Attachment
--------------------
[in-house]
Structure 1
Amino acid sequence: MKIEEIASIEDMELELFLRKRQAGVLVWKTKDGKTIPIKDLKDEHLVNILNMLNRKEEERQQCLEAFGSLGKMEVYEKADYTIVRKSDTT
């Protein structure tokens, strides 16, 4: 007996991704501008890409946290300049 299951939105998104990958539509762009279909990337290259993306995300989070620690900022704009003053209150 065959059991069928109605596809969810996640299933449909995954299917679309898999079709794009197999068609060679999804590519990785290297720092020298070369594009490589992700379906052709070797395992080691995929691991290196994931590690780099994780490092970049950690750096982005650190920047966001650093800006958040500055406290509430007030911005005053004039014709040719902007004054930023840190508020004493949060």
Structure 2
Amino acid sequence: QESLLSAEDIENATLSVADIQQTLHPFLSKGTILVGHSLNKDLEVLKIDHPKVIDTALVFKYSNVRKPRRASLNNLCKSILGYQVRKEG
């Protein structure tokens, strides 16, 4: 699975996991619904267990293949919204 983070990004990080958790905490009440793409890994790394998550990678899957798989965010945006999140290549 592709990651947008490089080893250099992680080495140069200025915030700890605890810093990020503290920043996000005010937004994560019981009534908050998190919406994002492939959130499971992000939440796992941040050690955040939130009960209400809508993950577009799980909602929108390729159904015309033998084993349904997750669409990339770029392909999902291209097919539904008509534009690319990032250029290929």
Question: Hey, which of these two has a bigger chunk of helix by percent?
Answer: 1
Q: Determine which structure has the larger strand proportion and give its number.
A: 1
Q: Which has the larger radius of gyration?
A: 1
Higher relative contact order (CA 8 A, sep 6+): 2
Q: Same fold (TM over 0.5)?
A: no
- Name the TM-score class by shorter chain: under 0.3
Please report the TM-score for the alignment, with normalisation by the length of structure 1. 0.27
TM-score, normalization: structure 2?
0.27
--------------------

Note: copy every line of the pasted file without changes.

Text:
[in-house]
Structure 1
Amino acid sequence: MKIEEIASIEDMELELFLRKRQAGVLVWKTKDGKTIPIKDLKDEHLVNILNMLNRKEEERQQCLEAFGSLGKMEVYEKADYTIVRKSDTT
């Protein structure tokens, strides 16, 4: 007996991704501008890409946290300049 299951939105998104990958539509762009279909990337290259993306995300989070620690900022704009003053209150 065959059991069928109605596809969810996640299933449909995954299917679309898999079709794009197999068609060679999804590519990785290297720092020298070369594009490589992700379906052709070797395992080691995929691991290196994931590690780099994780490092970049950690750096982005650190920047966001650093800006958040500055406290509430007030911005005053004039014709040719902007004054930023840190508020004493949060």
Structure 2
Amino acid sequence: QESLLSAEDIENATLSVADIQQTLHPFLSKGTILVGHSLNKDLEVLKIDHPKVIDTALVFKYSNVRKPRRASLNNLCKSILGYQVRKEG
């Protein structure tokens, strides 16, 4: 699975996991619904267990293949919204 983070990004990080958790905490009440793409890994790394998550990678899957798989965010945006999140290549 592709990651947008490089080893250099992680080495140069200025915030700890605890810093990020503290920043996000005010937004994560019981009534908050998190919406994002492939959130499971992000939440796992941040050690955040939130009960209400809508993950577009799980909602929108390729159904015309033998084993349904997750669409990339770029392909999902291209097919539904008509534009690319990032250029290929």
Question: Hey, which of these two has a bigger chunk of helix by percent?
Answer: 1
Q: Determine which structure has the larger strand proportion and give its number.
A: 1
Q: Which has the larger radius of gyration?
A: 1
Higher relative contact order (CA 8 A, sep 6+): 2
Q: Same fold (TM over 0.5)?
A: no
- Name the TM-score class by shorter chain: under 0.3
Please report the TM-score for the alignment, with normalisation by the length of structure 1. 0.27
TM-score, normalization: structure 2?
0.27